How the Brazilian Football Association has regulated bridge transfers
On September 2018, FIFA announced the key points of the reform of its transfer system, as by the Football Stakeholders Committee. The proposals seek to increase the transparency of the transfer system, protect its integrity and reinforce solidarity mechanisms for training clubs.
The prohibition of bridge transfers is among the points of reform, but as yet no further details have been provided on how the matter will be regulated, and a number of key questions remain:
- What is the definition of a bridge transfer?
- How and when do they occur?
- What financial and sporting elements underlie their existence?
- How are they currently restricted in today’s game?
This article examines these questions in more detail. Particular emphasis is given to the position in Brazil, where the Brazilian Football Association (CBF) has already passed specific regulations relating to bridge transfers. In particular, we examine:
- what bridge transfers are, why they pose a concern, and how FIFA has tackled the issue to date;
- how the CBF (Confederação Brasileira de Futebol) has regulated the matter since 2016; and
- the first decisions issued by the Brazilian National Dispute Resolution Chamber (CNRD) relating to bridge transfers.
The authors’ hope that the piece will help to enhance football’s regulatory framework for bridge transfers, while informing practitioners and professionals about how the matter is being tackled in Brazil from their perspective at the CBF.
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- Tags: Anti-Corruption | Brazil | Brazilian National Dispute Resolution Chamber | Bridge Transfers | Court of Arbitration for Sport (CAS) | Em | Employment | FIFA | FIFA Disciplinary Committee | Football | Player Transfers | Regulation | Third Party Ownsership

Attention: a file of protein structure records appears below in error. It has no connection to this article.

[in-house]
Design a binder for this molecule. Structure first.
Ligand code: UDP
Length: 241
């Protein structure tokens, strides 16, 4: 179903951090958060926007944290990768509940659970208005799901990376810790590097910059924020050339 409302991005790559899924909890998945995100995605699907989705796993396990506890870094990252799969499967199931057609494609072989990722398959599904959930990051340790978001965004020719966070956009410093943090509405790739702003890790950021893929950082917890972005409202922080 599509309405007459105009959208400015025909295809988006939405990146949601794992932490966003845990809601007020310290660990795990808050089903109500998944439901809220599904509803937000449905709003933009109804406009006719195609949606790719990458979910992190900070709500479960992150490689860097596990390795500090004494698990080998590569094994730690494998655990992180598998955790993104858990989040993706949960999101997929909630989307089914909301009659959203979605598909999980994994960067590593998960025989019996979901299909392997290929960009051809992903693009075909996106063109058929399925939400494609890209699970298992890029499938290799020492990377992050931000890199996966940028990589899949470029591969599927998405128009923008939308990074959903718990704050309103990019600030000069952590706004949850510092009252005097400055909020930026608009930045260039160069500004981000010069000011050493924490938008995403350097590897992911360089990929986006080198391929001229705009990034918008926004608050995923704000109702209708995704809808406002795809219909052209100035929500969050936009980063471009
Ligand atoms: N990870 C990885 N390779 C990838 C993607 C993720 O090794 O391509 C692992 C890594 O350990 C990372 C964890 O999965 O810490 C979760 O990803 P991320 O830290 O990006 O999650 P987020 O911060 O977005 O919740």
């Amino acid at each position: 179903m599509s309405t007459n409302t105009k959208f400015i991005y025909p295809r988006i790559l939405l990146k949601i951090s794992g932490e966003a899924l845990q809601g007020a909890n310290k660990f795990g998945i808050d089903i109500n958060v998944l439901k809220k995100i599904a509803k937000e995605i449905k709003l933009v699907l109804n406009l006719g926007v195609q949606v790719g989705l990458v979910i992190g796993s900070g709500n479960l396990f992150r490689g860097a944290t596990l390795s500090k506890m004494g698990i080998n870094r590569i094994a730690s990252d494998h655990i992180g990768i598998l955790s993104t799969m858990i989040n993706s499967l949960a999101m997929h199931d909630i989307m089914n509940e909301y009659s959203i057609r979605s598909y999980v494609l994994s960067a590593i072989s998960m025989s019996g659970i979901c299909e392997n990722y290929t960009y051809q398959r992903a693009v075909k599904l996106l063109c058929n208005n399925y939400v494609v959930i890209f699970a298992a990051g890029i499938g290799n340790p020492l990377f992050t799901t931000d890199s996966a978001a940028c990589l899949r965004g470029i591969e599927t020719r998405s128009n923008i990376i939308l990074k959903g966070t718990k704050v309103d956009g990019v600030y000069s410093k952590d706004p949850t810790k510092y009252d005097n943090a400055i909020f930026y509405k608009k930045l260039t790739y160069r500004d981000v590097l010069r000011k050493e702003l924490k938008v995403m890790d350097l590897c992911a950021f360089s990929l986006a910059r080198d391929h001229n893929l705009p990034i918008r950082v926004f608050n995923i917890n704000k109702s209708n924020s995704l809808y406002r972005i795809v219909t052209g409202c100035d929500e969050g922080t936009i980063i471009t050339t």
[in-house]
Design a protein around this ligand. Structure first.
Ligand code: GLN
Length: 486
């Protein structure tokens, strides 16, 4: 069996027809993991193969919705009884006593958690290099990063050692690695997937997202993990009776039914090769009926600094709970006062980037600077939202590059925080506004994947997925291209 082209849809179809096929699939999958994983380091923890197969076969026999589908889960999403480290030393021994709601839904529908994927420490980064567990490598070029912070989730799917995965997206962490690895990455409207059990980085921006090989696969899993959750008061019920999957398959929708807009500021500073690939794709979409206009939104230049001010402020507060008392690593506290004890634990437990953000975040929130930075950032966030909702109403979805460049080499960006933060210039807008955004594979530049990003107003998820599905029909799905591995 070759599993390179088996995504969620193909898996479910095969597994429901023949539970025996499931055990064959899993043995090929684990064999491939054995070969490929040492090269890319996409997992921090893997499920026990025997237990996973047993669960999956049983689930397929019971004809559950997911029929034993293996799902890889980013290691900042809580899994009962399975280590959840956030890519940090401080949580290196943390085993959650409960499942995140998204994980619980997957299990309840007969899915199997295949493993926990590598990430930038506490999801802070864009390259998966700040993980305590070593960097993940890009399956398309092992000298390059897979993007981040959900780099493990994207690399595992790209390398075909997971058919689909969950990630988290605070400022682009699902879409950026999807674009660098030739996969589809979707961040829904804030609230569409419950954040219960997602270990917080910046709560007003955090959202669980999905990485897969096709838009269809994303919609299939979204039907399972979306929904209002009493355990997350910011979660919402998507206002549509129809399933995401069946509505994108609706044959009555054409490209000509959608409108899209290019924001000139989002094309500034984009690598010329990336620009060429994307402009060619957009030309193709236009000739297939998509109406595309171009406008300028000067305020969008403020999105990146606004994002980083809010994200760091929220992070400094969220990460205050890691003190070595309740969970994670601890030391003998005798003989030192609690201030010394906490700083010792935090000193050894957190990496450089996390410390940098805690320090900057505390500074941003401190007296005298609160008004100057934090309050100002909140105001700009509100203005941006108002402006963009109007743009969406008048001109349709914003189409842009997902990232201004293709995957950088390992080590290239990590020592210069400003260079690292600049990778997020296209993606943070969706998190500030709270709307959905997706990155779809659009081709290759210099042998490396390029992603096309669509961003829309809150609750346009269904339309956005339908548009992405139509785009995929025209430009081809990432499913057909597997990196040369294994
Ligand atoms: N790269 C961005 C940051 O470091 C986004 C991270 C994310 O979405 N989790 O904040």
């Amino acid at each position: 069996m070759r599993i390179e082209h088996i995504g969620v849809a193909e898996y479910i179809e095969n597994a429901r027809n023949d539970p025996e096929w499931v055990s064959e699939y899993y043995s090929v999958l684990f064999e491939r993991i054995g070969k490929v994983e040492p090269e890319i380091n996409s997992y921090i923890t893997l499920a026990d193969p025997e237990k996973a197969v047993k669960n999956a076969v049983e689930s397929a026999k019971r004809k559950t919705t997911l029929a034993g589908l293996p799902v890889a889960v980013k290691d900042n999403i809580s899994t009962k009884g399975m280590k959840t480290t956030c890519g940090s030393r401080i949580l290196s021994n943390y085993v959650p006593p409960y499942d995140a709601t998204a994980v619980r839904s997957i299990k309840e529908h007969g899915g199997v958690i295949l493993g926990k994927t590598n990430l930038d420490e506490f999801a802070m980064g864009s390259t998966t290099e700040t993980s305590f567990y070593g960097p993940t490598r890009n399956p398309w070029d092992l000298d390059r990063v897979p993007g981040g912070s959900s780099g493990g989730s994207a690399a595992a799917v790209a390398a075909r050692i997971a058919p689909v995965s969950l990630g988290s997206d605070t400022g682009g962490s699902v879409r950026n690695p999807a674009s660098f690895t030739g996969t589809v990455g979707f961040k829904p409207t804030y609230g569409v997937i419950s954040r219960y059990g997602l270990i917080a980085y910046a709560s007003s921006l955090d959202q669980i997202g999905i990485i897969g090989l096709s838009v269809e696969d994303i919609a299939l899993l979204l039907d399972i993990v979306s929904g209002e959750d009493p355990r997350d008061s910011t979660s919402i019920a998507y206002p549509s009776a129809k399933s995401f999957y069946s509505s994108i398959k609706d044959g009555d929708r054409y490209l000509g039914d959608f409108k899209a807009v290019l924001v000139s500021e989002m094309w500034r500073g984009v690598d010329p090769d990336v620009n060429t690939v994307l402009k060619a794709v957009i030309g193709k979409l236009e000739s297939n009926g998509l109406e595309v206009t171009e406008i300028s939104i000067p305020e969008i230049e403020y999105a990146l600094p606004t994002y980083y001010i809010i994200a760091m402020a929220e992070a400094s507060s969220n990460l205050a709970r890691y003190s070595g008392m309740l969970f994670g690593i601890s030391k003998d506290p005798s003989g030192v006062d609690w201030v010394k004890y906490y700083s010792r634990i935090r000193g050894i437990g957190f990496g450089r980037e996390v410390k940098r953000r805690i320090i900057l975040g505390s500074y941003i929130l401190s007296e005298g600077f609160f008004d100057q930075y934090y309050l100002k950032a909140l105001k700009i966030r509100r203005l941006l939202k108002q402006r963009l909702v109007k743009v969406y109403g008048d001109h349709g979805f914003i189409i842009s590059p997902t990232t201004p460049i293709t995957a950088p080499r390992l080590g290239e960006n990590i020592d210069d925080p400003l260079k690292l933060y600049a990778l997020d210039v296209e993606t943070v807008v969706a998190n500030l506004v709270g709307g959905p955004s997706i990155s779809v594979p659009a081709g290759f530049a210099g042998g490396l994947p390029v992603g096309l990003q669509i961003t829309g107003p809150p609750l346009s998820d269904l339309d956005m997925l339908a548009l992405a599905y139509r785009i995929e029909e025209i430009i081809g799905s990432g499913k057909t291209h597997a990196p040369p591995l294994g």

- What is a “bridge transfer” in football
- A guide to training compensation and solidarity payments in football
- FIFA’s proposed solidarity mechanism reforms – an effective solution or a lost opportunity?
- FIFA’s clearing house: the future of solidarity mechanism & training compensation
- An overview of FIFA’s ‘Phase 2’ reforms – agents, loans and clearing house
About the Author
Legal Counsel, Brazilian Football Association (CBF)
Felipe has a Law degree from the Pontifícia Universidade Católica do Rio de Janeiro (PUC-Rio/2014) and a Master’s degree in International Sports Law from the Instituto Superior de Derecho y Economía (ISDE Madrid/2015). Since 2016, he works as a Legal Counsel at CBF.
General Coordinator at the CBF’s National Dispute Resolution Chamber
Rafael has a Law degree from the Universidade Federal do Rio de Janeiro (UFRJ/2013), one of the most prestigious universities in Brazil in the field of sports law, being a member of its Study Group in Sports Law since 2010. He also has a Master’s degree in Sports Law from the Pontifícia Universidade Católica de São Paulo (PUC-SP/2016) and is the General Coordinator of CBF’s National Dispute Resolution Chamber (CNRD) since 2016. In 2017, he published his book “Direito Desportivo: uma disciplina autônoma” ("Sports Law: an autonomous discipline").